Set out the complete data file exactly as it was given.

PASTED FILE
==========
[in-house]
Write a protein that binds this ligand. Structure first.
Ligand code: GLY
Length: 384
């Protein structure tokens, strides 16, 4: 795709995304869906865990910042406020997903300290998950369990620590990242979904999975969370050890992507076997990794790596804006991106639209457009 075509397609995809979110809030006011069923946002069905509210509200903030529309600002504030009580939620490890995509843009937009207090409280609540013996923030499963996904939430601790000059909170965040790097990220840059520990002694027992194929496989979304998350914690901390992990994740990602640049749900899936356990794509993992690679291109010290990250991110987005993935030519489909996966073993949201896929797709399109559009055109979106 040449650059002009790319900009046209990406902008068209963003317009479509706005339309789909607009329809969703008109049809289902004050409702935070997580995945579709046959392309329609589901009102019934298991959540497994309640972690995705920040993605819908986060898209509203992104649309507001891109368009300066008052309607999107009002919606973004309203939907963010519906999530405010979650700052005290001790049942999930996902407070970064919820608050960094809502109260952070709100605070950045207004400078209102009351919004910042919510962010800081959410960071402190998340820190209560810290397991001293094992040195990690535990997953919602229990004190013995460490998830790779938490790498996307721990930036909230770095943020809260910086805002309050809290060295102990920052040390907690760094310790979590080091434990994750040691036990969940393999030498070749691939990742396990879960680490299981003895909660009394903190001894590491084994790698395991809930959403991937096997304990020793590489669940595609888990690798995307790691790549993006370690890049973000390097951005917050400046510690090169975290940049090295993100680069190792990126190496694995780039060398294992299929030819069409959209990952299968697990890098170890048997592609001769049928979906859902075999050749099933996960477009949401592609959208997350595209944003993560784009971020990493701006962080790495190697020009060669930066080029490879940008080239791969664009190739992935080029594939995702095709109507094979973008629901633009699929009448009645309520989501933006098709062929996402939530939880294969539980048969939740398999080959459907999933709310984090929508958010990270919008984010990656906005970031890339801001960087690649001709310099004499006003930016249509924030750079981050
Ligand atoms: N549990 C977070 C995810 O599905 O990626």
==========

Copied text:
[in-house]
Write a protein that binds this ligand. Structure first.
Ligand code: GLY
Length: 384
């Protein structure tokens, strides 16, 4: 795709995304869906865990910042406020997903300290998950369990620590990242979904999975969370050890992507076997990794790596804006991106639209457009 075509397609995809979110809030006011069923946002069905509210509200903030529309600002504030009580939620490890995509843009937009207090409280609540013996923030499963996904939430601790000059909170965040790097990220840059520990002694027992194929496989979304998350914690901390992990994740990602640049749900899936356990794509993992690679291109010290990250991110987005993935030519489909996966073993949201896929797709399109559009055109979106 040449650059002009790319900009046209990406902008068209963003317009479509706005339309789909607009329809969703008109049809289902004050409702935070997580995945579709046959392309329609589901009102019934298991959540497994309640972690995705920040993605819908986060898209509203992104649309507001891109368009300066008052309607999107009002919606973004309203939907963010519906999530405010979650700052005290001790049942999930996902407070970064919820608050960094809502109260952070709100605070950045207004400078209102009351919004910042919510962010800081959410960071402190998340820190209560810290397991001293094992040195990690535990997953919602229990004190013995460490998830790779938490790498996307721990930036909230770095943020809260910086805002309050809290060295102990920052040390907690760094310790979590080091434990994750040691036990969940393999030498070749691939990742396990879960680490299981003895909660009394903190001894590491084994790698395991809930959403991937096997304990020793590489669940595609888990690798995307790691790549993006370690890049973000390097951005917050400046510690090169975290940049090295993100680069190792990126190496694995780039060398294992299929030819069409959209990952299968697990890098170890048997592609001769049928979906859902075999050749099933996960477009949401592609959208997350595209944003993560784009971020990493701006962080790495190697020009060669930066080029490879940008080239791969664009190739992935080029594939995702095709109507094979973008629901633009699929009448009645309520989501933006098709062929996402939530939880294969539980048969939740398999080959459907999933709310984090929508958010990270919008984010990656906005970031890339801001960087690649001709310099004499006003930016249509924030750079981050
Ligand atoms: N549990 C977070 C995810 O599905 O990626």